Anesthesia Injury

Anesthesia Injury

Many patients fear anesthesia. The death rate from anesthesia has decreased from 1 in 5,000 in the 1950s to only 1 in 250,000 today. However, anesthesia accidents still happen.

These accidents usually happen from general anesthetics. But they can also happen under local and regional anesthetics.

Curious about anesthesia injuries and the compensation you can seek for them? Read on to learn more.

How Does an Anesthesia Injury Happen?

Doctors and dentists use anesthesia to block your nerve signals so they can perform medical procedures. Anesthetics typically block pain signals. However, they can also be used to block brain signals, rendering you unconscious.

This keeps you comfortable during the procedure. It also makes the job of the doctor or dentist easier because you will not feel the pain that might cause you to move during the procedure.

Healthcare providers can administer three types of anesthesia:

Local Anesthesia

A doctor or dentist administers a local anesthetic, like novocaine, at the site of the procedure. The anesthetic blocks the peripheral nerves in a small area, keeping them from producing pain signals. The medical provider may inject the anesthetic or apply it topically.

Medical providers use a local anesthetic when they need to anesthetize a small area. This provides the benefits of pain management during the procedure without the risks posed by using a general anesthetic.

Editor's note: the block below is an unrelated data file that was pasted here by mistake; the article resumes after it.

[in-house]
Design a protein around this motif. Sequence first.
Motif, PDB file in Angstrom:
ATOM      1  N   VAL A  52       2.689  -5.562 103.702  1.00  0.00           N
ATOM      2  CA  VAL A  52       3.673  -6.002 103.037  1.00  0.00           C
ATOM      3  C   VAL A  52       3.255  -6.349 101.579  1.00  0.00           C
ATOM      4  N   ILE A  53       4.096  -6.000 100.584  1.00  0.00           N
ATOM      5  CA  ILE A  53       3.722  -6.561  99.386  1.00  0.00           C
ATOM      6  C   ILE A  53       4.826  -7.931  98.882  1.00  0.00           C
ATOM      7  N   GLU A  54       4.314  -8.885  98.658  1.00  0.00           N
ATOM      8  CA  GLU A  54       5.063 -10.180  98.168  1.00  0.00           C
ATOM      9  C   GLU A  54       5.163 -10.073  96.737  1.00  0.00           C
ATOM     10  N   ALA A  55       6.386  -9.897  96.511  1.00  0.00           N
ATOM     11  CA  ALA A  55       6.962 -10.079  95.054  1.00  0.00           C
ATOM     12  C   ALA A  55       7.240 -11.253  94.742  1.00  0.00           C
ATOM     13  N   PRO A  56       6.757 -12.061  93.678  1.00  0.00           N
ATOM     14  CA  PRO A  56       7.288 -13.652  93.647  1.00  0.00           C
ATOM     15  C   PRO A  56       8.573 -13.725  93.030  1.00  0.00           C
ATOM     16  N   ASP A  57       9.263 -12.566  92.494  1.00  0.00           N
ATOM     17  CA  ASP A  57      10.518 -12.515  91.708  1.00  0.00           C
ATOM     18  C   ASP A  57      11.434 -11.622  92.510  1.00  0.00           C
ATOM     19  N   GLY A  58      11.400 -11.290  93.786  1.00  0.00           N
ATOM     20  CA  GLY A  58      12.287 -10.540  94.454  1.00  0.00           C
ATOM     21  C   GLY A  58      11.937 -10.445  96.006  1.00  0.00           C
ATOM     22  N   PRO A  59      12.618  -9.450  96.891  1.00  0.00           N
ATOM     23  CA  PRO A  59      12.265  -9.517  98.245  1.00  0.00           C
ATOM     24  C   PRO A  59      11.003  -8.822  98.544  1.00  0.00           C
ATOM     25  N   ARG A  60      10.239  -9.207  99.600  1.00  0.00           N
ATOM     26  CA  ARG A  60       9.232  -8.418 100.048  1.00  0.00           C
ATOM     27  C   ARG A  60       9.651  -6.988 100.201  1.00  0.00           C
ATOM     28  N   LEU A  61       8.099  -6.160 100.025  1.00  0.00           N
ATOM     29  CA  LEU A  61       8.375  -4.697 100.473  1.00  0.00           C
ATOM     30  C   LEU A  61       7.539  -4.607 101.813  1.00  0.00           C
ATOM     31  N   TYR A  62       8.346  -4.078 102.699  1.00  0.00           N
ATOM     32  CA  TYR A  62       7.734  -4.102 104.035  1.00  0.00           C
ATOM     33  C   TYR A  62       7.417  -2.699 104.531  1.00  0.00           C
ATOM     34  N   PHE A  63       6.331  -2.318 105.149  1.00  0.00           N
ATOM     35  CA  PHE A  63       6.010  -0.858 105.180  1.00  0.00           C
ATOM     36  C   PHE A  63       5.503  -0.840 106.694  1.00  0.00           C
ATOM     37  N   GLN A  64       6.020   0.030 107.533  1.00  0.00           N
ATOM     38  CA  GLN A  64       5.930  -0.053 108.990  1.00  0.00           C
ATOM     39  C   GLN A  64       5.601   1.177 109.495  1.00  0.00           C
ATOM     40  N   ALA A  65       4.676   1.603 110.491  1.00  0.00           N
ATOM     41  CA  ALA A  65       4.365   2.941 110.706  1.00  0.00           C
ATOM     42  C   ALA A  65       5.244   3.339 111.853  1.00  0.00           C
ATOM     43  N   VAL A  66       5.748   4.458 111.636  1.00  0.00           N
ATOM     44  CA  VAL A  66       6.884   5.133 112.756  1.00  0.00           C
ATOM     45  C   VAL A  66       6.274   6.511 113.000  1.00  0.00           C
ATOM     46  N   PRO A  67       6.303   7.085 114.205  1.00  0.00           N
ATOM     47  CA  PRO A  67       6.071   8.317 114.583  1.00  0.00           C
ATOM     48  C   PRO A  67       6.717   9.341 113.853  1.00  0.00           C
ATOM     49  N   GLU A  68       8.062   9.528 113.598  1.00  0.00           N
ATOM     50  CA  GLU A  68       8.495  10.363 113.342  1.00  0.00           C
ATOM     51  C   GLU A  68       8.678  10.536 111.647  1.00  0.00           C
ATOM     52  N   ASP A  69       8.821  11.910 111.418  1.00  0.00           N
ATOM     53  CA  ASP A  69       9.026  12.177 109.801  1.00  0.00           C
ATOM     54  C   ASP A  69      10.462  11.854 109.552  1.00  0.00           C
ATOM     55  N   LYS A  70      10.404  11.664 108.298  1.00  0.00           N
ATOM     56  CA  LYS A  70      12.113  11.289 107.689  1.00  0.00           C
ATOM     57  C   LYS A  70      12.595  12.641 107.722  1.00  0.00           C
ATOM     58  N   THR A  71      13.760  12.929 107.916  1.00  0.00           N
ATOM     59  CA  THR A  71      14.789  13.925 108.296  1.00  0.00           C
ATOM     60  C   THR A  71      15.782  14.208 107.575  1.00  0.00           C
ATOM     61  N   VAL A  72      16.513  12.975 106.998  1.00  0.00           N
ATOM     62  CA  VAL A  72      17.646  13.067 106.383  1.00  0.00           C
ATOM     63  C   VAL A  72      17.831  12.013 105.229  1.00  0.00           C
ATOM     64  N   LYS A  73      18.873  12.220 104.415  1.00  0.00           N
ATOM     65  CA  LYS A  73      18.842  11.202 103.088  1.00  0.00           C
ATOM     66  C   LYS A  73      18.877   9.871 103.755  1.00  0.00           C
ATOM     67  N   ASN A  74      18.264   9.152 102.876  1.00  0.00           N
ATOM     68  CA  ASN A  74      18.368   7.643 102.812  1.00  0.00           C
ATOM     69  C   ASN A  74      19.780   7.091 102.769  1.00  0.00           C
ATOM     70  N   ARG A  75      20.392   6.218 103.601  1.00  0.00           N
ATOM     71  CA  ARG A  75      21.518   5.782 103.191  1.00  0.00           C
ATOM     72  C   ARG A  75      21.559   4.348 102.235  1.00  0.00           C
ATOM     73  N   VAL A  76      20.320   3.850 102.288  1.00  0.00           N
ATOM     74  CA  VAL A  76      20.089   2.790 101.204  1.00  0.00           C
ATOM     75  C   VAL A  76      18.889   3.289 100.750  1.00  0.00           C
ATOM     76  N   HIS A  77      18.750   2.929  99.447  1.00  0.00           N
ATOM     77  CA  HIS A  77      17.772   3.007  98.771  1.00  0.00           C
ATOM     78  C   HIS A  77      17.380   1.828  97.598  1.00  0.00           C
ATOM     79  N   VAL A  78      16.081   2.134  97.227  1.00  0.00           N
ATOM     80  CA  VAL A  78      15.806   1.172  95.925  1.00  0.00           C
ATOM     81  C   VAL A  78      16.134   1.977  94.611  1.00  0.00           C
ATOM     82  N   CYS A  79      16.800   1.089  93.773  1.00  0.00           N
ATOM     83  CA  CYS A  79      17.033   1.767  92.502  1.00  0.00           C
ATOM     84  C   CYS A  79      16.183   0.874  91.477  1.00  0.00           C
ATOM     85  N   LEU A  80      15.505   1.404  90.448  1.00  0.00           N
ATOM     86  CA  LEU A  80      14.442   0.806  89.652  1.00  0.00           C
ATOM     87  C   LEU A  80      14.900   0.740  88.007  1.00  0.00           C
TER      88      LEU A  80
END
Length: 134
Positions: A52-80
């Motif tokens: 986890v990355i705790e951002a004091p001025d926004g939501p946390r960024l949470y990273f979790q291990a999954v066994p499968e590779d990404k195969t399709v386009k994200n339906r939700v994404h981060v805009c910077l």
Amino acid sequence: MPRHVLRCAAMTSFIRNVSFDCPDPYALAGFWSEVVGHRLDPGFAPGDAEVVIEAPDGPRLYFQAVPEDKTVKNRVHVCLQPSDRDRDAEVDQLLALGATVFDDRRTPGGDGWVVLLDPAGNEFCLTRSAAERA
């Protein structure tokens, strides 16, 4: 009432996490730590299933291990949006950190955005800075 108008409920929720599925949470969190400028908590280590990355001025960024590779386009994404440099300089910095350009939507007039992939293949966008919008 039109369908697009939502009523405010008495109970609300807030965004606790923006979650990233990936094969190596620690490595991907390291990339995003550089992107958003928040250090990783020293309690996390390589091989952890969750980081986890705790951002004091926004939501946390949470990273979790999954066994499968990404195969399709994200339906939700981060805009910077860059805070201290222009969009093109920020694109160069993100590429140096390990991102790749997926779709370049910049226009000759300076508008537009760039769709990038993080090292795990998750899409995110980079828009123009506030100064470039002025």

Although most people consider local anesthesia safe, these anesthetics can injure you if you receive the wrong dose. At high doses, local anesthetics can affect your heart, lungs, and brain, leading to permanent damage.

Regional Anesthesia

Regional anesthesia anesthetizes a region of your body. For example, an anesthesiologist can administer anesthetics, like lidocaine and fentanyl, through epidural injection. This epidural anesthetizes the lower half of your body.

Anesthesiologists use regional anesthesia when they need to anesthetize an area larger than a local, but still want to avoid the risks of general anesthesia.

Although they lack the risks of general anesthesia, regional anesthetics can cause an anesthesia injury. 

At high doses, the anesthetic enters the bloodstream and migrates into other areas of your body. The anesthetic can affect your heart, lungs, brain, and central nervous system as it moves through the body.

General Anesthesia